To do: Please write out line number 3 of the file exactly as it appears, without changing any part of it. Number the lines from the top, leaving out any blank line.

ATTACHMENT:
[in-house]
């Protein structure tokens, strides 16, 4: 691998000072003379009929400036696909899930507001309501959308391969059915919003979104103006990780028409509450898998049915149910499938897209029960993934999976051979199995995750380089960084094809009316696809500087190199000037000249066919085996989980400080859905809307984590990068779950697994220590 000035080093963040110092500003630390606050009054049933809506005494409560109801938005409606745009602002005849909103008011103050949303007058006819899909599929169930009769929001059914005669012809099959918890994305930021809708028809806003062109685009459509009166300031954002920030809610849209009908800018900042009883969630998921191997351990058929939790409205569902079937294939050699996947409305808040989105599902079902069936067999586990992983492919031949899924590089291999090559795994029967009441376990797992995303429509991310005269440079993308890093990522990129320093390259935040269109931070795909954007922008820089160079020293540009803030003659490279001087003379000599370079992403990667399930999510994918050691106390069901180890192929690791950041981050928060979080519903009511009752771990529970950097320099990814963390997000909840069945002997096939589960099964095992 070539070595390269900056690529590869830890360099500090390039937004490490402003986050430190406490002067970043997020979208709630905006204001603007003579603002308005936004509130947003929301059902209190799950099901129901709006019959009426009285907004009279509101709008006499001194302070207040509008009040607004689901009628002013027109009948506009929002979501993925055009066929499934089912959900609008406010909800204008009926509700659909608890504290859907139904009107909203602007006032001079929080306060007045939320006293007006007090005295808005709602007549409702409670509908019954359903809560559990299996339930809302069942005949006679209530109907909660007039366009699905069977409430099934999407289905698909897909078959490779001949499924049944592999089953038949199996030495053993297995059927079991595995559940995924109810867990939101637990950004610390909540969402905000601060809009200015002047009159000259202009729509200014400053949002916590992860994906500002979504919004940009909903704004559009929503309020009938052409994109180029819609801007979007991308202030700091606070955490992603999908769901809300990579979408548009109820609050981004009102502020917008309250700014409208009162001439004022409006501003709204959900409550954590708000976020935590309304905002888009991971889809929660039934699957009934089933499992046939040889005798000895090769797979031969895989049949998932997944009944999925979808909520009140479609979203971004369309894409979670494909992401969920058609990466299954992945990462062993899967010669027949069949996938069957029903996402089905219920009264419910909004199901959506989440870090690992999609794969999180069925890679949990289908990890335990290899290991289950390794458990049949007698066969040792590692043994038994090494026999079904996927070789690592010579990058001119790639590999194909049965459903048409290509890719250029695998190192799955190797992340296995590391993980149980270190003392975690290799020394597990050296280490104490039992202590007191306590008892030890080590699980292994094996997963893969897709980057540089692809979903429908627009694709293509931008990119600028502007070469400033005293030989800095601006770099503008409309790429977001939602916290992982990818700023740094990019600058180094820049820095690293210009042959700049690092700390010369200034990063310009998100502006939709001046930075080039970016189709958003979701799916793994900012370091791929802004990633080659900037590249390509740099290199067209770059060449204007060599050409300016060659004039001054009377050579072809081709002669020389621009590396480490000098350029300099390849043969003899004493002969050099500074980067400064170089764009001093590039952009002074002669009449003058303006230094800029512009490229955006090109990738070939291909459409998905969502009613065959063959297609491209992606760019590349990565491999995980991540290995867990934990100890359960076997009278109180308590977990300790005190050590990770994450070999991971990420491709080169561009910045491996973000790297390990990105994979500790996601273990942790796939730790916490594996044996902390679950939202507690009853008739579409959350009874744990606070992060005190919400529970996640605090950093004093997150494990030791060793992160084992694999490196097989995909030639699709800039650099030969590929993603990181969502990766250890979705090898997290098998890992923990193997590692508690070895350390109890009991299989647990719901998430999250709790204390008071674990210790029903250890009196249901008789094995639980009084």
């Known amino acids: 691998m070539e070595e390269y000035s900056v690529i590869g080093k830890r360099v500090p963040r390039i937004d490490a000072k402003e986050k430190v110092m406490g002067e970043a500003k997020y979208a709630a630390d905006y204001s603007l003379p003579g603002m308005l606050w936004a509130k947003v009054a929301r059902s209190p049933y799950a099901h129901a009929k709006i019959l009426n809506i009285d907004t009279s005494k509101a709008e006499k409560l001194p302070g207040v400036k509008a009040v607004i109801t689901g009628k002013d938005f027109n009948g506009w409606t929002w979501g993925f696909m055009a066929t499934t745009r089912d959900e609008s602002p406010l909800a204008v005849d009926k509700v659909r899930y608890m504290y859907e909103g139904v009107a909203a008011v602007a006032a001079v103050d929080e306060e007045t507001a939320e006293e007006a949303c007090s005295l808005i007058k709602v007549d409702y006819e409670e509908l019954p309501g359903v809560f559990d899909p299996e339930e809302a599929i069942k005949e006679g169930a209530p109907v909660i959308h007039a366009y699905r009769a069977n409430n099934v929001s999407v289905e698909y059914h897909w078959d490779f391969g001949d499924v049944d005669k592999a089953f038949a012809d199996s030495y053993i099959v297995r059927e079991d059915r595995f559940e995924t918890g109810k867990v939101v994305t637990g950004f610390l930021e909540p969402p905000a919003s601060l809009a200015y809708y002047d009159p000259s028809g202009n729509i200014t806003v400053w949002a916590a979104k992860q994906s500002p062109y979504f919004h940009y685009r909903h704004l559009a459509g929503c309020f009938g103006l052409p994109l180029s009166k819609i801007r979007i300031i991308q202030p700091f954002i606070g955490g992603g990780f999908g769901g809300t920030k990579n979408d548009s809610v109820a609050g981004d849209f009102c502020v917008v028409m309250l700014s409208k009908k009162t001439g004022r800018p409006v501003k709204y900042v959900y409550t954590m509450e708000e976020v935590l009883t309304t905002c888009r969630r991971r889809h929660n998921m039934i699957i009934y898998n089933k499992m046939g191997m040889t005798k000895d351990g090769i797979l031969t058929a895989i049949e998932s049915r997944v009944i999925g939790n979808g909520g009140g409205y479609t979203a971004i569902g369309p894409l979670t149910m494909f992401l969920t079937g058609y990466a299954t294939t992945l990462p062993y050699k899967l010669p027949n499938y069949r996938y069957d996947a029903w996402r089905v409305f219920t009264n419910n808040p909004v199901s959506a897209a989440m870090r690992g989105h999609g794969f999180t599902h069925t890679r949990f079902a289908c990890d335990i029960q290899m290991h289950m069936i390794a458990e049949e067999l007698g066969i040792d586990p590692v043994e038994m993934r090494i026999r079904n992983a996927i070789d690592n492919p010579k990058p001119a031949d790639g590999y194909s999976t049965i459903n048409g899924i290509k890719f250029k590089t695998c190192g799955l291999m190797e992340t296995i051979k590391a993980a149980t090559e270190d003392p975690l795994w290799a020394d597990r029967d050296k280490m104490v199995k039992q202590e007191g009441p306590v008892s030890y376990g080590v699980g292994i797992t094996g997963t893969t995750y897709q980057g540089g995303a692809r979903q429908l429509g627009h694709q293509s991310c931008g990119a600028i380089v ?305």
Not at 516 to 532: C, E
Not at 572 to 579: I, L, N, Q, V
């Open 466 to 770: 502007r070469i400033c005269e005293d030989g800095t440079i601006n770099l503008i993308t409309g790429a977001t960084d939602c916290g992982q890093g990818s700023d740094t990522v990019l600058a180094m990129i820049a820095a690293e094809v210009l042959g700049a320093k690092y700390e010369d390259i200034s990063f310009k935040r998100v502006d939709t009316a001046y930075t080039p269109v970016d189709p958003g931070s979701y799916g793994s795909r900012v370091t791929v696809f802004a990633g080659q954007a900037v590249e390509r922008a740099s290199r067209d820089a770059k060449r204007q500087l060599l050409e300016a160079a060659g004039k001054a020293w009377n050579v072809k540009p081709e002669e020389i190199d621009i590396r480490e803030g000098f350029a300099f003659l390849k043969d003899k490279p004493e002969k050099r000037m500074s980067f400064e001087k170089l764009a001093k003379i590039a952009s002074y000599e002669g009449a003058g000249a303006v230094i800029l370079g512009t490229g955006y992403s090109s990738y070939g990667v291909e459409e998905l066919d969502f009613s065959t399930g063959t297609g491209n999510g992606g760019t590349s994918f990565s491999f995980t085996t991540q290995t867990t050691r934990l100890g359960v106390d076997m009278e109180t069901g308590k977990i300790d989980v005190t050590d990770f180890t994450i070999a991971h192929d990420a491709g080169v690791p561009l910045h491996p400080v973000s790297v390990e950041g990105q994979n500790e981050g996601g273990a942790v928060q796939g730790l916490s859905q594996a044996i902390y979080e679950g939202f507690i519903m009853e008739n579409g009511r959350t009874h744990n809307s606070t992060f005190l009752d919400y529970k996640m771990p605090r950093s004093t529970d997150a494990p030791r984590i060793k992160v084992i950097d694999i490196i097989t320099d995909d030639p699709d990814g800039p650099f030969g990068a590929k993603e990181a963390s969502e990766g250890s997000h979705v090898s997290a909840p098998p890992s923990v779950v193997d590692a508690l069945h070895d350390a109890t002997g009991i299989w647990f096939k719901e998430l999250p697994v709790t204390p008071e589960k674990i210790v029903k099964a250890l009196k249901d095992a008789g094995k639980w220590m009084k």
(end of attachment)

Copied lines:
């Known amino acids: 691998m070539e070595e390269y000035s900056v690529i590869g080093k830890r360099v500090p963040r390039i937004d490490a000072k402003e986050k430190v110092m406490g002067e970043a500003k997020y979208a709630a630390d905006y204001s603007l003379p003579g603002m308005l606050w936004a509130k947003v009054a929301r059902s209190p049933y799950a099901h129901a009929k709006i019959l009426n809506i009285d907004t009279s005494k509101a709008e006499k409560l001194p302070g207040v400036k509008a009040v607004i109801t689901g009628k002013d938005f027109n009948g506009w409606t929002w979501g993925f696909m055009a066929t499934t745009r089912d959900e609008s602002p406010l909800a204008v005849d009926k509700v659909r899930y608890m504290y859907e909103g139904v009107a909203a008011v602007a006032a001079v103050d929080e306060e007045t507001a939320e006293e007006a949303c007090s005295l808005i007058k709602v007549d409702y006819e409670e509908l019954p309501g359903v809560f559990d899909p299996e339930e809302a599929i069942k005949e006679g169930a209530p109907v909660i959308h007039a366009y699905r009769a069977n409430n099934v929001s999407v289905e698909y059914h897909w078959d490779f391969g001949d499924v049944d005669k592999a089953f038949a012809d199996s030495y053993i099959v297995r059927e079991d059915r595995f559940e995924t918890g109810k867990v939101v994305t637990g950004f610390l930021e909540p969402p905000a919003s601060l809009a200015y809708y002047d009159p000259s028809g202009n729509i200014t806003v400053w949002a916590a979104k992860q994906s500002p062109y979504f919004h940009y685009r909903h704004l559009a459509g929503c309020f009938g103006l052409p994109l180029s009166k819609i801007r979007i300031i991308q202030p700091f954002i606070g955490g992603g990780f999908g769901g809300t920030k990579n979408d548009s809610v109820a609050g981004d849209f009102c502020v917008v028409m309250l700014s409208k009908k009162t001439g004022r800018p409006v501003k709204y900042v959900y409550t954590m509450e708000e976020v935590l009883t309304t905002c888009r969630r991971r889809h929660n998921m039934i699957i009934y898998n089933k499992m046939g191997m040889t005798k000895d351990g090769i797979l031969t058929a895989i049949e998932s049915r997944v009944i999925g939790n979808g909520g009140g409205y479609t979203a971004i569902g369309p894409l979670t149910m494909f992401l969920t079937g058609y990466a299954t294939t992945l990462p062993y050699k899967l010669p027949n499938y069949r996938y069957d996947a029903w996402r089905v409305f219920t009264n419910n808040p909004v199901s959506a897209a989440m870090r690992g989105h999609g794969f999180t599902h069925t890679r949990f079902a289908c990890d335990i029960q290899m290991h289950m069936i390794a458990e049949e067999l007698g066969i040792d586990p590692v043994e038994m993934r090494i026999r079904n992983a996927i070789d690592n492919p010579k990058p001119a031949d790639g590999y194909s999976t049965i459903n048409g899924i290509k890719f250029k590089t695998c190192g799955l291999m190797e992340t296995i051979k590391a993980a149980t090559e270190d003392p975690l795994w290799a020394d597990r029967d050296k280490m104490v199995k039992q202590e007191g009441p306590v008892s030890y376990g080590v699980g292994i797992t094996g997963t893969t995750y897709q980057g540089g995303a692809r979903q429908l429509g627009h694709q293509s991310c931008g990119a600028i380089v ?305």